Updated: July 5, 2014 6:26AM
INDIANAPOLIS — Indiana’s first state-supported preschool program won’t be starting up this coming school year, and when that will happen remains uncertain.
Republican Gov. Mike Pence had touted the plan to pay for low-income children to attend early childhood programs as a top accomplishment of the 2014 legislative session. The bill approved by legislators called for the state Family and Social Services Administration to pick five counties around the state for a pilot program.
FSSA spokeswoman Marni Lemons said the agency faces several steps required by the Legislature, such as setting up a way to track the academic progress of the children from preschool to third grade and gaining approvals from the State Board of Education and State Budget Committee.
“This is not going to be ready to roll out for fall of 2014,” Lemons said. “There are a lot of requirements that the law listed.”
She said the agency would soon announce the process for picking the five counties for the pilot program.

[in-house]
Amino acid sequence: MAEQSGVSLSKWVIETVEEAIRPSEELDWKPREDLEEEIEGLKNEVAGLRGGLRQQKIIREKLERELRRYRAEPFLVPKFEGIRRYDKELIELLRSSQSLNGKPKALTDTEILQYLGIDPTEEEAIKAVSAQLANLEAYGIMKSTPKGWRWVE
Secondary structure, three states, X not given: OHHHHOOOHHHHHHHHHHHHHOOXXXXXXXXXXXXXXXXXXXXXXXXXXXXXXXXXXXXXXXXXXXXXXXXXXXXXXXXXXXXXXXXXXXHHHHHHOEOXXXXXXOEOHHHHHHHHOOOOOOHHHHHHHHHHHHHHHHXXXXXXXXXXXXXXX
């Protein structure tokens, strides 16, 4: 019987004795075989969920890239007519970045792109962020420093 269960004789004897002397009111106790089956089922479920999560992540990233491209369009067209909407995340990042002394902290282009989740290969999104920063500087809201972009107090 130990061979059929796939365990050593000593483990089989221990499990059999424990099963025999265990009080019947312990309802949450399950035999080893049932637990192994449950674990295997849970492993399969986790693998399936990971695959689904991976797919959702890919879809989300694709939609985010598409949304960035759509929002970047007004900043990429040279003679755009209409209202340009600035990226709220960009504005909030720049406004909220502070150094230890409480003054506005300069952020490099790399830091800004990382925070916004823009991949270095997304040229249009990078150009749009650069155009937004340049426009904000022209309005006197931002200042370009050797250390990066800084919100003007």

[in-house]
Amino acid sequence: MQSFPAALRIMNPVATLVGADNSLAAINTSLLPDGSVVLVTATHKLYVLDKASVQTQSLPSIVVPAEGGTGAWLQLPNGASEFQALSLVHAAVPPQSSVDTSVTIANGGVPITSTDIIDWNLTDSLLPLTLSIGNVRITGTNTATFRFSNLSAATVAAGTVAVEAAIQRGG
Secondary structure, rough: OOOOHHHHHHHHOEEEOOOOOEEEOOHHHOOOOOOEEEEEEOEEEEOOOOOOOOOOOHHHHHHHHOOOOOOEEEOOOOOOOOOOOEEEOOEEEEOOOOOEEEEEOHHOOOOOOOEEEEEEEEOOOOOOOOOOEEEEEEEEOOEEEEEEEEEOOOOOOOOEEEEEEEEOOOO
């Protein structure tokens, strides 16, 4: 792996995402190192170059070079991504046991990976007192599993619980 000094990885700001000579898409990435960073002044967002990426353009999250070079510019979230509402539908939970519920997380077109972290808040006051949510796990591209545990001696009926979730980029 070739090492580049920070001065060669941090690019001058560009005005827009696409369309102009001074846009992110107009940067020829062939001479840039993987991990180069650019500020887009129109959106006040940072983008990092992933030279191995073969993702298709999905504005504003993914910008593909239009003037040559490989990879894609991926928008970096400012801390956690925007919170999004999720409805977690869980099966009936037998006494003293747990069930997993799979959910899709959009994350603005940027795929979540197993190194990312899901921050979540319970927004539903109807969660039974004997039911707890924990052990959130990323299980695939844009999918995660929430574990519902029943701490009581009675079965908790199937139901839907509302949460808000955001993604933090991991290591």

Under the plan, the families of between 1,000 to 4,000 low-income children will receive vouchers to attend public or private preschools. Money for the program is to come from $10 million in FSAA budget cuts and $5 million in private donations.
Pence had sought approval of a preschool program for up to 40,000 low-income children, but Senate Republicans concerned about the cost forced a more modest plan.
Pence spokeswoman Christy Denault said the preschool program hasn’t been delayed and that FSAA is working to meet the requirements legislators included in the law.
“The administration is committed to creating a program that will ensure students have access to quality programs that will prepare them well for kindergarten,” she said.
State Rep. Dan Forestal, D-Indianapolis, a co-sponsor of the measure, said he was disappointed that Pence promoted the benefits of the program during a bill-signing ceremony at an Indianapolis preschool in March only to then not follow through.
“This is not a delay without ramifications. It will negatively affect Hoosier children for the next two decades of their educational lives,” Forestal said. “The young children could have had a jump-start on education, but now they are left alone in the starting blocks because FSSA was unprepared to implement the intent of the General Assembly.”
Kevin Bain, chairman of the state’s Early Learning Advisory Committee, told the Evansville Courier & Press he understood why the preschool program isn’t ready to start.
“You couldn’t make it work from a timeline standpoint,” he said.